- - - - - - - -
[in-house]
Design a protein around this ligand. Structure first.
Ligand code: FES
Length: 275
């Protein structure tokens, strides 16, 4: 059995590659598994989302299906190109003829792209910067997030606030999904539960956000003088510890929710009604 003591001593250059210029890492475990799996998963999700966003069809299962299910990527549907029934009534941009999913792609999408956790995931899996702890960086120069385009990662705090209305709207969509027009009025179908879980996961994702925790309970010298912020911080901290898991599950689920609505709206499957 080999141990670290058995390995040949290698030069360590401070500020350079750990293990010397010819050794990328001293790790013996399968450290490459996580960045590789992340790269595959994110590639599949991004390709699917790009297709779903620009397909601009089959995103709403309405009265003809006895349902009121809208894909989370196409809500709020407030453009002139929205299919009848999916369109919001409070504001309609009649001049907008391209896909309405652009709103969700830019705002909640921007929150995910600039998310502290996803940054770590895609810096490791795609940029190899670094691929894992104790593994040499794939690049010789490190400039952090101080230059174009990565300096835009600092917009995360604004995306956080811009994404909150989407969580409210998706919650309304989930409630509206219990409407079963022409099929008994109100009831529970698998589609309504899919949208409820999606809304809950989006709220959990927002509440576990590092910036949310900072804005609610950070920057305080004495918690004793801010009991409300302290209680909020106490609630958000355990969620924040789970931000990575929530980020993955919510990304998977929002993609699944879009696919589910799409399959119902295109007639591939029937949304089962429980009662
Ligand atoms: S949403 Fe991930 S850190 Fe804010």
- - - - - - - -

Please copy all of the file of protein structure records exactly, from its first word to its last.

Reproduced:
[in-house]
Design a protein around this ligand. Structure first.
Ligand code: FES
Length: 275
């Protein structure tokens, strides 16, 4: 059995590659598994989302299906190109003829792209910067997030606030999904539960956000003088510890929710009604 003591001593250059210029890492475990799996998963999700966003069809299962299910990527549907029934009534941009999913792609999408956790995931899996702890960086120069385009990662705090209305709207969509027009009025179908879980996961994702925790309970010298912020911080901290898991599950689920609505709206499957 080999141990670290058995390995040949290698030069360590401070500020350079750990293990010397010819050794990328001293790790013996399968450290490459996580960045590789992340790269595959994110590639599949991004390709699917790009297709779903620009397909601009089959995103709403309405009265003809006895349902009121809208894909989370196409809500709020407030453009002139929205299919009848999916369109919001409070504001309609009649001049907008391209896909309405652009709103969700830019705002909640921007929150995910600039998310502290996803940054770590895609810096490791795609940029190899670094691929894992104790593994040499794939690049010789490190400039952090101080230059174009990565300096835009600092917009995360604004995306956080811009994404909150989407969580409210998706919650309304989930409630509206219990409407079963022409099929008994109100009831529970698998589609309504899919949208409820999606809304809950989006709220959990927002509440576990590092910036949310900072804005609610950070920057305080004495918690004793801010009991409300302290209680909020106490609630958000355990969620924040789970931000990575929530980020993955919510990304998977929002993609699944879009696919589910799409399959119902295109007639591939029937949304089962429980009662
Ligand atoms: S949403 Fe991930 S850190 Fe804010």